Resources for Teaching about Biogeochemical Cycles
Educators! Are you looking for a way to get your students thinking about the Earth as an interconnected system? If so, consider introducing them to biogeochemical cycles. Through these cycles of the Earth system, such as the carbon and nitrogen cycles, elements travel between the atmosphere, hydrosphere, biosphere, and geosphere. Learning about these cycles gives students an understanding of some of the connections between "spheres" of the Earth system!
The resources below are from Windows to the Universe and our partners. We hope you find them useful as you include Earth system science in your classroom!
- Educational resources from Windows to the Universe
- 90-Second Podcasts Produced by the National Science Foundation
- Classroom Activities from Windows to the Universe
- Profiles of Scientists who Study Biogeochemical Cycles
at the National Center for Atmospheric Research
- Geoffrey Tyndall studies atmospheric chemistry of molecules containing carbon such as those from vegetation or fossil fuels
- Joan Kleypas researches how carbon dioxide affects coral reefs
- Britton Stephens builds instruments that he and other scientists can use to study the global carbon cycle
- Beth Holland studies the link between the chemistry of the atmosphere and ecosystems on Earth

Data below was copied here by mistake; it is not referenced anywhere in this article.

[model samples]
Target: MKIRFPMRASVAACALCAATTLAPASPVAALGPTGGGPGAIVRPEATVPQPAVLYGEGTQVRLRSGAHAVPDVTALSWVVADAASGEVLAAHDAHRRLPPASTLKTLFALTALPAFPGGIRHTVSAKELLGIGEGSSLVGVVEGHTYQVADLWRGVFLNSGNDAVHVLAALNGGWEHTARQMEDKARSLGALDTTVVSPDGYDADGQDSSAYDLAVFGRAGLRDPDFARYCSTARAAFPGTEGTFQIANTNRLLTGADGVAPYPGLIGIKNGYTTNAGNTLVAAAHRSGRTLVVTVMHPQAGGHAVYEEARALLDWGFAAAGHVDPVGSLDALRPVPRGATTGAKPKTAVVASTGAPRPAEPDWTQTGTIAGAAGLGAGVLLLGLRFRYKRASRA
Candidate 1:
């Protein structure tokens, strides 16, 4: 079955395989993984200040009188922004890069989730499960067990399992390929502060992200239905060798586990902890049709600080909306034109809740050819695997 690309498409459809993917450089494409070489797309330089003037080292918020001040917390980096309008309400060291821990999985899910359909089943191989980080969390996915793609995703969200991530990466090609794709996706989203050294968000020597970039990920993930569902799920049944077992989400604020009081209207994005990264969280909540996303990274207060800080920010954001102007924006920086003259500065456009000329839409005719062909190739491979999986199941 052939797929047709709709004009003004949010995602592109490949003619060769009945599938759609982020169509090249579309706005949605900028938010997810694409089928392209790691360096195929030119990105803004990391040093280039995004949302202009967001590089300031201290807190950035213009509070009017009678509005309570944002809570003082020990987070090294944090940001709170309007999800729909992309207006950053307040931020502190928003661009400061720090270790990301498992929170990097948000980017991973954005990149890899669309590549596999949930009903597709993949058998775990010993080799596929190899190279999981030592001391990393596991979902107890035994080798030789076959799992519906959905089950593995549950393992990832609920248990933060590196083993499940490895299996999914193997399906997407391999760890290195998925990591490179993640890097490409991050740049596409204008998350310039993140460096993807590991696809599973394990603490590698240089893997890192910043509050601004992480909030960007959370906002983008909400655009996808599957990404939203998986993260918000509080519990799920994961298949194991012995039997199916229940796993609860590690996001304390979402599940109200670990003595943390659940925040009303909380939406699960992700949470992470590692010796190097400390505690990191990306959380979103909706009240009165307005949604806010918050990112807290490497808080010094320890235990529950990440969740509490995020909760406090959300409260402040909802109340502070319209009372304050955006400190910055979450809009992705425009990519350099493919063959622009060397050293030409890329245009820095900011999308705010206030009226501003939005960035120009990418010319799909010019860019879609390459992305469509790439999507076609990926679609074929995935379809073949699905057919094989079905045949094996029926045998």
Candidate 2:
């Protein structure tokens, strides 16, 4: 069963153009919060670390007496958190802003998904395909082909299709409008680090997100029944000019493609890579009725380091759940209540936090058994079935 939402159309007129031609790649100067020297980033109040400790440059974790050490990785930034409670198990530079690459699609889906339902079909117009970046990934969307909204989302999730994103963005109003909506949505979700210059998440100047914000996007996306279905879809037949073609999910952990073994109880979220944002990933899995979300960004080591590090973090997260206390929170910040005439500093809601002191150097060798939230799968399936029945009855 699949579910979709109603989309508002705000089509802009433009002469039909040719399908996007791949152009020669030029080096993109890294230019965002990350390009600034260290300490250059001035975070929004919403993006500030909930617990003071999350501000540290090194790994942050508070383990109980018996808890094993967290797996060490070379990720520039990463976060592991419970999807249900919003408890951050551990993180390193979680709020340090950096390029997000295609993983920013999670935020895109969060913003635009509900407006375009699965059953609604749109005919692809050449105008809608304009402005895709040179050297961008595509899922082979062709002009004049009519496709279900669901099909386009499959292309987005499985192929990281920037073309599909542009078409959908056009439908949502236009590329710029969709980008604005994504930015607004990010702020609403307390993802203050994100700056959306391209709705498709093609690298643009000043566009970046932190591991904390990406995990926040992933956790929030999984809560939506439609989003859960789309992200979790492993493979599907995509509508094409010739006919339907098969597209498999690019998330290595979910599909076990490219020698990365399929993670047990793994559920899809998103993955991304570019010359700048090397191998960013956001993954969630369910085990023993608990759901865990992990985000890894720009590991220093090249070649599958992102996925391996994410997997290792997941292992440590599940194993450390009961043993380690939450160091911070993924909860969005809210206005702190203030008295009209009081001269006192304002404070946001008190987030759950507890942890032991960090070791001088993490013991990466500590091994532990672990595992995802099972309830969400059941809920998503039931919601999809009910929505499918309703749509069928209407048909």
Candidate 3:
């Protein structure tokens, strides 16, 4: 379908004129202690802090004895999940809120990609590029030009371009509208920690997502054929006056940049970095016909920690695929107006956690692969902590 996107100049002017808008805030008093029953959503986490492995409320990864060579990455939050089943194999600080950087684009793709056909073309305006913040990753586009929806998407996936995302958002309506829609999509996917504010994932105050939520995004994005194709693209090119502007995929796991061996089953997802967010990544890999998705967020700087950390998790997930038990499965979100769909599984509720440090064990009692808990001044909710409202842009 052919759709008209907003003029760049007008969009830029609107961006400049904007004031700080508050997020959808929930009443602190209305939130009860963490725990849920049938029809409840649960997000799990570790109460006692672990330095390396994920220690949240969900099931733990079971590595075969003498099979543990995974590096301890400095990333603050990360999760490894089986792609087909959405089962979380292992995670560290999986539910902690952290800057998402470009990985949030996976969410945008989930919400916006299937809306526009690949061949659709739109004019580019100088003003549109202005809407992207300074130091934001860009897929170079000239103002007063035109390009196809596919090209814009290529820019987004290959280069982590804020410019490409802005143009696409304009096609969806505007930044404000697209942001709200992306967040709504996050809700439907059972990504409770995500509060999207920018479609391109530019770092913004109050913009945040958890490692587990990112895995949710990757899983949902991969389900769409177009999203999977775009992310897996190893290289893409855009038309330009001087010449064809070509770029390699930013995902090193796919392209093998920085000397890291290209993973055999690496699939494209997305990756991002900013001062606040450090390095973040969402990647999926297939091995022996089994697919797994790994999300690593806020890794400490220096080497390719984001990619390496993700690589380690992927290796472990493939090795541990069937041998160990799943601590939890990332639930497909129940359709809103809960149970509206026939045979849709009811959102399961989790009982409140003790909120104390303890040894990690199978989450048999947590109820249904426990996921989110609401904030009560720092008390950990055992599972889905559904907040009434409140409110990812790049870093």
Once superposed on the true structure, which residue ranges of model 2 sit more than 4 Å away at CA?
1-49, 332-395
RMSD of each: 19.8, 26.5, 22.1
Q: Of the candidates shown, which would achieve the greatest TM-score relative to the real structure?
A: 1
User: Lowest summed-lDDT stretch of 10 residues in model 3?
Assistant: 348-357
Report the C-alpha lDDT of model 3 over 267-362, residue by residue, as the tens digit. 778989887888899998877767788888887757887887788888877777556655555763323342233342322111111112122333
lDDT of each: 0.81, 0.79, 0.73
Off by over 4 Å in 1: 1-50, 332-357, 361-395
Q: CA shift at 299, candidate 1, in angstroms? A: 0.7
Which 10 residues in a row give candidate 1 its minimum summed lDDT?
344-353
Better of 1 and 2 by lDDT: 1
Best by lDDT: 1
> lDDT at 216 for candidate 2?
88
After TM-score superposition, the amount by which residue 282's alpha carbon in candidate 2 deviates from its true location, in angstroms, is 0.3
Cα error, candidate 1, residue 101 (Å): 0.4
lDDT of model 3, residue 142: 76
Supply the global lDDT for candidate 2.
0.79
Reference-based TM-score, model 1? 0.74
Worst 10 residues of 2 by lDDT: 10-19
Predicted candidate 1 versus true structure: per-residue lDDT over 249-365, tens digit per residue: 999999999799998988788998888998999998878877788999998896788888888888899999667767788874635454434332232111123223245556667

- Peter Thornton looks at interactions between different biogeochemical species (such as carbon and nitrogen) and Earth's climate system
Shop Windows to the Universe Science Store!
Our online store
includes fun classroom activities
for you and your students. Issues of NESTA's quarterly journal, The Earth Scientist
are also full of classroom activities on different topics in Earth and space science!
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The first time people got a glimpse of the whole Earth was December 1968. Apollo 8 astronauts, en route to and from the Moon, took pictures of the Earth from space. In their photographs, the Earth looks...more
Earth is a dynamic place. Matter cycles around the Earth system in various ways. Rocks form, erode, melt, and form again through the rock cycle. Water flows through the water cycle. Elements move through...more
Energy from the Sun can enter the atmosphere, but not all of it can easily find its way out again. This is a natural process called the greenhouse effect. Without any greenhouse effect, Earth’s temperature...more
Today, the carbon cycle is changing. Humans are moving more carbon into the atmosphere from other parts of the Earth system. More carbon is moving to the atmosphere when fossil fuels, like coal and oil,...more
There are many different ways that the biosphere (the plants, animals and other life on our planet) affect climate. Some produce greenhouses gases and promote warming of our planet through the greenhouse...more
Carbon dioxide is a colorless and non-flammable gas at normal temperature and pressure. Although much less abundant than nitrogen and oxygen in Earth's atmosphere, carbon dioxide is an important constituent...more
Carbon monoxide is a colorless, odorless, tasteless gas. It is also flammable and is quite toxic to humans and other oxygen-breathing organisms. A molecule of carbon monoxide (CO) contains one carbon atom...more